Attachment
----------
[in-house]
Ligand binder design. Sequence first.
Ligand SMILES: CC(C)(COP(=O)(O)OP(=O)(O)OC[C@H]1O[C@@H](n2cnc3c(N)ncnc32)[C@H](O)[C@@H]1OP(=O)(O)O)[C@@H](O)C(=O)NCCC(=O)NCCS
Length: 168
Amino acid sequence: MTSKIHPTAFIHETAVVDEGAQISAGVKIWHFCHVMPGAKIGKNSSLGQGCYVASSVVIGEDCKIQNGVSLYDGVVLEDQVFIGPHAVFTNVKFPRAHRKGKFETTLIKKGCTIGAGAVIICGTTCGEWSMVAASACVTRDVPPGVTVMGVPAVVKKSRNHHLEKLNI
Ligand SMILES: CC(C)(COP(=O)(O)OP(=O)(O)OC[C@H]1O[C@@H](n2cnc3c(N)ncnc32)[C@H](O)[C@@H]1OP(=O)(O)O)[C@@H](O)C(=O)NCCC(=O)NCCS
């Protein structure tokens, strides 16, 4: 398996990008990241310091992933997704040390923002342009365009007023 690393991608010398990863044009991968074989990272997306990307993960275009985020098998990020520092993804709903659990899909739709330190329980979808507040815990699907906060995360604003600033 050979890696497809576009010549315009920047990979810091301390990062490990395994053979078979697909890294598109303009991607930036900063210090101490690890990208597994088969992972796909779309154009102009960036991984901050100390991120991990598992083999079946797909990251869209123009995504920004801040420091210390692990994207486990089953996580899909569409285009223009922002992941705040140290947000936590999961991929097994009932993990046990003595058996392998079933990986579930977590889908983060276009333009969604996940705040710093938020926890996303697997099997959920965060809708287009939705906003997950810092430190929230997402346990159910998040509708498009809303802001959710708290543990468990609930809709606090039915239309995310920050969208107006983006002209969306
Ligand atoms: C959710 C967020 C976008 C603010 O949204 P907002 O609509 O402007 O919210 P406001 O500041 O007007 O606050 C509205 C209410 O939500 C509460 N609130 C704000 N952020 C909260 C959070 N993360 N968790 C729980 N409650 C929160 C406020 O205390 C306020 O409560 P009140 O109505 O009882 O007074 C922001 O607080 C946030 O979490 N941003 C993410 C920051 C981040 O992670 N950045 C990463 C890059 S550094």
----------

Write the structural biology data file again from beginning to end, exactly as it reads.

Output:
[in-house]
Ligand binder design. Sequence first.
Ligand SMILES: CC(C)(COP(=O)(O)OP(=O)(O)OC[C@H]1O[C@@H](n2cnc3c(N)ncnc32)[C@H](O)[C@@H]1OP(=O)(O)O)[C@@H](O)C(=O)NCCC(=O)NCCS
Length: 168
Amino acid sequence: MTSKIHPTAFIHETAVVDEGAQISAGVKIWHFCHVMPGAKIGKNSSLGQGCYVASSVVIGEDCKIQNGVSLYDGVVLEDQVFIGPHAVFTNVKFPRAHRKGKFETTLIKKGCTIGAGAVIICGTTCGEWSMVAASACVTRDVPPGVTVMGVPAVVKKSRNHHLEKLNI
Ligand SMILES: CC(C)(COP(=O)(O)OP(=O)(O)OC[C@H]1O[C@@H](n2cnc3c(N)ncnc32)[C@H](O)[C@@H]1OP(=O)(O)O)[C@@H](O)C(=O)NCCC(=O)NCCS
């Protein structure tokens, strides 16, 4: 398996990008990241310091992933997704040390923002342009365009007023 690393991608010398990863044009991968074989990272997306990307993960275009985020098998990020520092993804709903659990899909739709330190329980979808507040815990699907906060995360604003600033 050979890696497809576009010549315009920047990979810091301390990062490990395994053979078979697909890294598109303009991607930036900063210090101490690890990208597994088969992972796909779309154009102009960036991984901050100390991120991990598992083999079946797909990251869209123009995504920004801040420091210390692990994207486990089953996580899909569409285009223009922002992941705040140290947000936590999961991929097994009932993990046990003595058996392998079933990986579930977590889908983060276009333009969604996940705040710093938020926890996303697997099997959920965060809708287009939705906003997950810092430190929230997402346990159910998040509708498009809303802001959710708290543990468990609930809709606090039915239309995310920050969208107006983006002209969306
Ligand atoms: C959710 C967020 C976008 C603010 O949204 P907002 O609509 O402007 O919210 P406001 O500041 O007007 O606050 C509205 C209410 O939500 C509460 N609130 C704000 N952020 C909260 C959070 N993360 N968790 C729980 N409650 C929160 C406020 O205390 C306020 O409560 P009140 O109505 O009882 O007074 C922001 O607080 C946030 O979490 N941003 C993410 C920051 C981040 O992670 N950045 C990463 C890059 S550094």